Whilst a visual field deficit to one side might create similar difficulties, there are two very important differences to understand:
It is possible to have both hemianopia and hemi inattention affecting the same side. Here, both a head and body turn can be helpful. This will be explained in more detail in a future lesson on CVI combinations.
Where the right parietal lobe is affected, this is typically more severe, often entailing complete loss of visual attention on the left side with additional partial visual attention loss on the right side too.
Where the left parietal lobe is affected the attention loss is typically less severe and limited to the right side.
Hemi inattention can be subtle, for example when drawing a picture, one side may be slightly less accurate.
There have only been a few recorded cases of competitive visual inattention, but we are including it because we think it may be more common than is currently known, but easily missed. To explain...
With competing visual inattention, if one child on the left popped up (above), they would be seen, but...also, if a child on the right popped up (below), they would be seen.
So, on their own, each child is seen, one the left and the right - but what happens if they both pop up (below)?
Then only one child is seen, because there is now a competition between the two children for visual attention, and the side with the most visual attention wins, so when both children pop up, only the child on one side is seen (below).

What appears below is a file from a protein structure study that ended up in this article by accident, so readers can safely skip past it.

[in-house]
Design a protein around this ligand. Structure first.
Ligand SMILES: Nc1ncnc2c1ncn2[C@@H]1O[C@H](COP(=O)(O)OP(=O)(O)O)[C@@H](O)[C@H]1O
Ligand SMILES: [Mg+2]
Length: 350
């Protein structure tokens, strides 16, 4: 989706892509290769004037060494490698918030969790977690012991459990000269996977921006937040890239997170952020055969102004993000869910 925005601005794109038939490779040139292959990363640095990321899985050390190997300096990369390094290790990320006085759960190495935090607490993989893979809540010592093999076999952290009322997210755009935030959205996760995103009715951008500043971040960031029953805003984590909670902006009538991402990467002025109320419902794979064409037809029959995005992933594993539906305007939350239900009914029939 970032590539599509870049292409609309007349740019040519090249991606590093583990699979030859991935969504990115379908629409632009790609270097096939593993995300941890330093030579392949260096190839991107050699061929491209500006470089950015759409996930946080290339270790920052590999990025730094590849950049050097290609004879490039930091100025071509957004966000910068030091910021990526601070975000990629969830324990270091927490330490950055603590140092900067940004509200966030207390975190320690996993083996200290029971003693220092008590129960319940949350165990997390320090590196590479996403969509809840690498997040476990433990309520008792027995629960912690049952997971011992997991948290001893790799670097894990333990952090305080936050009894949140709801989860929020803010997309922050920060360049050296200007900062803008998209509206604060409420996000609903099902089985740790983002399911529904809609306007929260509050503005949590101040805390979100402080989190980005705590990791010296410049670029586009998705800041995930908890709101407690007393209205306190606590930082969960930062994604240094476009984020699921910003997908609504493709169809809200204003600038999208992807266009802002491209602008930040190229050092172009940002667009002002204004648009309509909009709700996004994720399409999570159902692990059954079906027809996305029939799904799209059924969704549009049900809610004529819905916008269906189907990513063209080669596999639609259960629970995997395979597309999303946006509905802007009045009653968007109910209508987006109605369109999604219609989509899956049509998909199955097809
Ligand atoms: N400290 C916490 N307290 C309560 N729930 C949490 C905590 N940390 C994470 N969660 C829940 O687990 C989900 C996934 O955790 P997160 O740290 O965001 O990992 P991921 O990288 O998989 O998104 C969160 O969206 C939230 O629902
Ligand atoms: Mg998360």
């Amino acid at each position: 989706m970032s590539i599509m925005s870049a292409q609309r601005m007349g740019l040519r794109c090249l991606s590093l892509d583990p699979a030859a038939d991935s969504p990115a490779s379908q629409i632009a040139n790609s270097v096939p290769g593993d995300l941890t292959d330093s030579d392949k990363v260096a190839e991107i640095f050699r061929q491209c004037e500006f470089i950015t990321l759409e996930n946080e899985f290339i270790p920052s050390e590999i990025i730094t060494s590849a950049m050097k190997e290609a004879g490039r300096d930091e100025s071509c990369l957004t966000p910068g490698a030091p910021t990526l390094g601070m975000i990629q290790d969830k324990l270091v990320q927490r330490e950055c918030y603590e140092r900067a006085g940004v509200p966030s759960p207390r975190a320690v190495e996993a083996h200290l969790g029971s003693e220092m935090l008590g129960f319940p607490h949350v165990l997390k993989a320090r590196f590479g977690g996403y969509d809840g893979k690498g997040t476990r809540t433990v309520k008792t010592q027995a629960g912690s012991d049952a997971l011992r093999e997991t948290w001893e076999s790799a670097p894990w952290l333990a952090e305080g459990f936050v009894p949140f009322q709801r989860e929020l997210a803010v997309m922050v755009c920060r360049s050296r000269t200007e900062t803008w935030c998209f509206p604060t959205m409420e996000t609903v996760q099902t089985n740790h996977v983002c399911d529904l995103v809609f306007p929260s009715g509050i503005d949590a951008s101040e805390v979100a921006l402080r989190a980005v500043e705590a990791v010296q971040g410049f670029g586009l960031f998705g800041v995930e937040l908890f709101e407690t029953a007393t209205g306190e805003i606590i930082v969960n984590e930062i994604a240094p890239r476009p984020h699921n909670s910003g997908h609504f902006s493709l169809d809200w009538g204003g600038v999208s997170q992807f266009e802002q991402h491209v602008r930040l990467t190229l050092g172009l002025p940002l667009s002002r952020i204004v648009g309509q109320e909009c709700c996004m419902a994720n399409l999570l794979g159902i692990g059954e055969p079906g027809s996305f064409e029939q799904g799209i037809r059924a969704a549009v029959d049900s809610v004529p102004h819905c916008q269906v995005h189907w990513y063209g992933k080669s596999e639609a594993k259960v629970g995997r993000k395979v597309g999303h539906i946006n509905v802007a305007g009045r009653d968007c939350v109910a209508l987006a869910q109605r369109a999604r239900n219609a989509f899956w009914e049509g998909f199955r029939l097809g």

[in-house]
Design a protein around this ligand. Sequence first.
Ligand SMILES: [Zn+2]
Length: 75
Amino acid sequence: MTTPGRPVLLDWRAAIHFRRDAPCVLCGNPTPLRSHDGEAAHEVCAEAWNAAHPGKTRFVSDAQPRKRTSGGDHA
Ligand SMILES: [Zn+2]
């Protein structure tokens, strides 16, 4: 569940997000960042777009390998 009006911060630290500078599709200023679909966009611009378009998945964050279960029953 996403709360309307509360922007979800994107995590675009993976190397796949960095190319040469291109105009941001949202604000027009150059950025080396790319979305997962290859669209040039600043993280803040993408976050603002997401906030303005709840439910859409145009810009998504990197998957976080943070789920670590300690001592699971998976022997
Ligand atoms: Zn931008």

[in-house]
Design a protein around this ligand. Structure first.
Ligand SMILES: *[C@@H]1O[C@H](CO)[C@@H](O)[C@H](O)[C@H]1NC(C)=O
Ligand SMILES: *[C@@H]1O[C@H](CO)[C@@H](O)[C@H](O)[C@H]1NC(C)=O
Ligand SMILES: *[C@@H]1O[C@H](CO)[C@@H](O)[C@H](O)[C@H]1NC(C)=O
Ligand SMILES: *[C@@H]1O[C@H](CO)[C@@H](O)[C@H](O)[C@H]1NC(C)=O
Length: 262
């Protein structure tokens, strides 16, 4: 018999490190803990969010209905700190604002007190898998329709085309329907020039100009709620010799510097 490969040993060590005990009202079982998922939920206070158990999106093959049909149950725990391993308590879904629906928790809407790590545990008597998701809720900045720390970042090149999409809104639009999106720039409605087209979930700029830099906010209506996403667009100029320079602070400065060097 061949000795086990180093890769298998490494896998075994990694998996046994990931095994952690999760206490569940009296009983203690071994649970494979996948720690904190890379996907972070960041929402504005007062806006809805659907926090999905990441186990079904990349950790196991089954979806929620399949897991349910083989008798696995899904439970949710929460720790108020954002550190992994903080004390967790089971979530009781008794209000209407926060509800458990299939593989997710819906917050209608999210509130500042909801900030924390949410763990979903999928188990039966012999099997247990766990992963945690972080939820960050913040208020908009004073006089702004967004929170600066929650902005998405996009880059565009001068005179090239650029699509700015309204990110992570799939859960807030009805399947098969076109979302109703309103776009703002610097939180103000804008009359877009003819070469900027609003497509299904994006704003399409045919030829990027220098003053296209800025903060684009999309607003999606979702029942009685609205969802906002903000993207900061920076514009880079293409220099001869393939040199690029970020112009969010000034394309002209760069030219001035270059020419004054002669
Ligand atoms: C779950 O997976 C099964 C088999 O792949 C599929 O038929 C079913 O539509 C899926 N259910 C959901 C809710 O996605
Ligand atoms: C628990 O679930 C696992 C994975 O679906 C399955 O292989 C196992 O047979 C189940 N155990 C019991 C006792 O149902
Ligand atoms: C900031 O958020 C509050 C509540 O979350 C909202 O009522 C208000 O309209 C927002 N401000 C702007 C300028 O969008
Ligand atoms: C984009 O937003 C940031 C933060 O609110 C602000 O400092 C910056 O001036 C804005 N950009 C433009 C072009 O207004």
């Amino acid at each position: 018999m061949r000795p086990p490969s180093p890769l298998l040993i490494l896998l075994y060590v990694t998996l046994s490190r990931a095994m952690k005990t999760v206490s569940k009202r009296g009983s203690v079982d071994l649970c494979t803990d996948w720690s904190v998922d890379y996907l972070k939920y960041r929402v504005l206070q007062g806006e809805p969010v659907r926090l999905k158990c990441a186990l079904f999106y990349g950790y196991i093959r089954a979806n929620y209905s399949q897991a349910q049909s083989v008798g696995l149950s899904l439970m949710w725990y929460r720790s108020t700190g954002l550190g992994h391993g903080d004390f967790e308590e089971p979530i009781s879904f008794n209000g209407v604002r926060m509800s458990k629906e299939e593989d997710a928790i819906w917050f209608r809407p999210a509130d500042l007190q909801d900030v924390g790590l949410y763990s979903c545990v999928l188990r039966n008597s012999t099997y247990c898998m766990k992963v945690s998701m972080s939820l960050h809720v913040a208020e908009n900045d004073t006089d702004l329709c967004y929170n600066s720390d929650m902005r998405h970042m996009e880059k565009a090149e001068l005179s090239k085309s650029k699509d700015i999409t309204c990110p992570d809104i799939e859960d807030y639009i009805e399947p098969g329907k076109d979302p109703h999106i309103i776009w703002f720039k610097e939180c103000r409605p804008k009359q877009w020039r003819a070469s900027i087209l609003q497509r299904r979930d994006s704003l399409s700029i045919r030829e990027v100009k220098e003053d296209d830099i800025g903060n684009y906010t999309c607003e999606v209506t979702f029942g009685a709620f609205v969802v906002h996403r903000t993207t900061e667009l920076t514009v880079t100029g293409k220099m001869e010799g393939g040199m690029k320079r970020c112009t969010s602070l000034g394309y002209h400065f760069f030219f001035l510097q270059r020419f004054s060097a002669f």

If this condition is unknown, it may be very difficult to identify. Where sometimes things are seen on one side, but sometimes not, a visual cause of the difficulties may be disregarded and other reasons sought, potentially clumsiness, a lack of concentration or attention issues.
We know from many accounts that CVIs can affect the other senses, particularly hearing and how sounds are processed alongside visual processing, and how they affect each other (this will be covered in a future lesson, link below for more information).
Go back to our exercise holding the camera for body centric movements. Where someone does not have much control over their movement, for example a more profoundly affected person who uses a wheelchair. They rely upon another person to move for them, for tasks that are in front of them, remember the absent half, and turning them in their chair is just as effective in moving visual attention.